To road test this in your boardroom, run a pop quiz. Question, “What is our strategy?” and see what answers emerge (hint: outcomes are not strategies). 

Risk Management and Opportunities 

Boards, and sometimes executives, need to be properly equipped with the education and tools to oversee and mitigate risk effectively. Those table stakes are widely known but the blind spot is not uncovering the nexus of underlying risks and opportunities. There’s a liminal space between risk and reward where being too safe as stewards, or the absence of taking risks (and growing), is neglecting governance (strategic) responsibilities. 

It might sound like, “We want to serve a broader population and we understand that it comes with risk,” or, “With new strategic growth comes risk that we need to plan for.” The blind spot is when some of those risks do not turn out to be rewarded, even though it was anticipated or priced for, or when everything does not run perfectly, and boards get cold feet and pull back on the strategy.  

Boards that develop the right skills and clearly understand the strategy will frame the current state against the backdrop of the declared go-forward strategic framework and positioning of resources. Pulling back is different from refinement and how those assessments and declarations are communicated to management matters. 

Another risk/reward blind spot is focusing on a few key ratios, which the CEO often feeds, and not understanding the significance of their performance within the broader industry context. “Our high net worth ratio means we are safe and sound,” meanwhile, total assets and membership are shrinking. Conversely, “We’re really excited about our huge asset growth,” while the returns are not keeping pace. 

Obtaining the right skills and revealing the blind spots in the boardroom will elevate the sophistication of the strategic dialogue. 


Being in a planned merger used to be a taboo topic and against the credit union unwritten code. The tone then shifted to, “What if we could? Would we? Should we?” Now, in many boardrooms, the conversation is, “What happens if we don’t?”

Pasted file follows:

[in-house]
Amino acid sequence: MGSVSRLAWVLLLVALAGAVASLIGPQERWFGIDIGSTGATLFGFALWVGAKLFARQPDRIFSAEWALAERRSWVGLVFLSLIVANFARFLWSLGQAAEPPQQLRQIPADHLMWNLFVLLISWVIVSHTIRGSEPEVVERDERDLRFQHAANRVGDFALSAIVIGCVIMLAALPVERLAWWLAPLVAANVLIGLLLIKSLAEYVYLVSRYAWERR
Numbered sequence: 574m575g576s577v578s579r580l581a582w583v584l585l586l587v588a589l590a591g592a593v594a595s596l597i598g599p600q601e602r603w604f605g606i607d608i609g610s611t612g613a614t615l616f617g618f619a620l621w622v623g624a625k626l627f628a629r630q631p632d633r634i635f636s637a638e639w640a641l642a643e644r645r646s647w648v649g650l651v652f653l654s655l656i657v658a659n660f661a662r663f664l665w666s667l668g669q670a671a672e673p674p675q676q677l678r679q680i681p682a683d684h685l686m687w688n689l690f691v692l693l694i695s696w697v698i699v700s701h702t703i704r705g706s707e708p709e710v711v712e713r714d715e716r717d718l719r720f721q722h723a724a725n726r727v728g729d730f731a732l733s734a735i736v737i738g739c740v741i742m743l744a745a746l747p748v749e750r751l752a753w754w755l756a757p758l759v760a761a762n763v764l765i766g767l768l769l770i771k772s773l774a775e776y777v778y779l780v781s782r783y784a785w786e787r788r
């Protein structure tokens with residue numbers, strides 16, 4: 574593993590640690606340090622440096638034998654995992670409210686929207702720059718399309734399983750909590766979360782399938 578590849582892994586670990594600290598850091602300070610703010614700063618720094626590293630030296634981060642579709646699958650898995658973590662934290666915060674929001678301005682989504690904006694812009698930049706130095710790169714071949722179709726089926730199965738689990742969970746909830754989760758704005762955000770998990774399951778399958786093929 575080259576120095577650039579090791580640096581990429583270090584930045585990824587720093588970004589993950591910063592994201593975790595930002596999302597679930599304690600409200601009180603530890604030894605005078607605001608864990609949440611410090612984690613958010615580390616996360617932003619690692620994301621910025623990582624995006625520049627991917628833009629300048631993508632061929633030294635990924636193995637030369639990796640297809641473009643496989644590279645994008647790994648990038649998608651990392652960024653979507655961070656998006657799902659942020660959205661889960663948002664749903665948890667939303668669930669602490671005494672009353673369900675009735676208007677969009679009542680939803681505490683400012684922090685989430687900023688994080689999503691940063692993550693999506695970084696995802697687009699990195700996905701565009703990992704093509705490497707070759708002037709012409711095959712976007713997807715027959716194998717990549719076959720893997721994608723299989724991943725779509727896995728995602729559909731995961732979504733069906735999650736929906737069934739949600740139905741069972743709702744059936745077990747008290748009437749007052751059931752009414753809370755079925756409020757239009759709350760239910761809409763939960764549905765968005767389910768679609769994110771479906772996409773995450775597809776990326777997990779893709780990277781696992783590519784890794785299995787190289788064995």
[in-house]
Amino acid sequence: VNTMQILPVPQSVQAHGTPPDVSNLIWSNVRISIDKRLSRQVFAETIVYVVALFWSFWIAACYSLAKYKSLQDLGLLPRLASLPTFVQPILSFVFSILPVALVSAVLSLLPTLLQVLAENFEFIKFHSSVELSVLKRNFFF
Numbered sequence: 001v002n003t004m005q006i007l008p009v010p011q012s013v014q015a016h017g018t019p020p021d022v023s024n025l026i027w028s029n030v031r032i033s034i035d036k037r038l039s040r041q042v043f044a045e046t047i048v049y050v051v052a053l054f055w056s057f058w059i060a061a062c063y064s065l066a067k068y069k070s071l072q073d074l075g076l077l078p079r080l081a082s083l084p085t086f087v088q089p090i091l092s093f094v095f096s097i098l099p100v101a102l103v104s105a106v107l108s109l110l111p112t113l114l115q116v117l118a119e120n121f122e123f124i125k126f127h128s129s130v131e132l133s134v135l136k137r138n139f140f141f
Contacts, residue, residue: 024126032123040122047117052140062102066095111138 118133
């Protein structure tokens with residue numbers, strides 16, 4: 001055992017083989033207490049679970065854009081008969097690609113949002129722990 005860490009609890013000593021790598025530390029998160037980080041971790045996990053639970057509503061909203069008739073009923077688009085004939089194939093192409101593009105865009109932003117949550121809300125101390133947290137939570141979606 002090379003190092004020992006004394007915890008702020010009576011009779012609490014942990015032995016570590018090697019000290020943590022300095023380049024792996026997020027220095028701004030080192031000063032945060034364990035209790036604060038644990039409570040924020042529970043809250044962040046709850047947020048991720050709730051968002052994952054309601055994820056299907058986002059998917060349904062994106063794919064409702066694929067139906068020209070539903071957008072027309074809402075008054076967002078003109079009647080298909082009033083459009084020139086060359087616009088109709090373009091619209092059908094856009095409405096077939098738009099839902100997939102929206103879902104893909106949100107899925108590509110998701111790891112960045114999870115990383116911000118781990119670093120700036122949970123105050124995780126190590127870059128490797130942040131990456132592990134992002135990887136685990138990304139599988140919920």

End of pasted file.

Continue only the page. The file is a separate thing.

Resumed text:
The relevant blind spot is viewing mergers and acquisitions through a binary win-or-lose prism. Recently, during a merger posture development session a director said, “I assumed we’d be the hunter and not the hunted.” That lens made sense based on that director’s background within a large corporation that had gone through numerous mergers and acquisitions. There are many reasons why mergers in the not-for-profit realm are different than publicly traded organizations. Not just because of the statutory and corporate structure of our organizations, but also because of the people and relationships we have and the commitments we share.  

When we replace the prey or predator mindset with a go-forward partnership perspective, the conversation, and how you go about seeking partnerships, will change. How the board and executive team approach and decide on what is important to them, and the membership, about a merger could change. This proactive posture development conversation reveals those blind spots and puts things in perspective—even if pursuing a merger is ultimately not the best move for your organization, the board will know that it was done with open eyes. 

Everyone has blind spots. Embracing that reality empowers a board to put in place practices to check themselves regularly and rigorously. Having an informed and astute board, and one committed to elevating the governance impact, is a compelling strategy. 

Additional resource: Online Training Center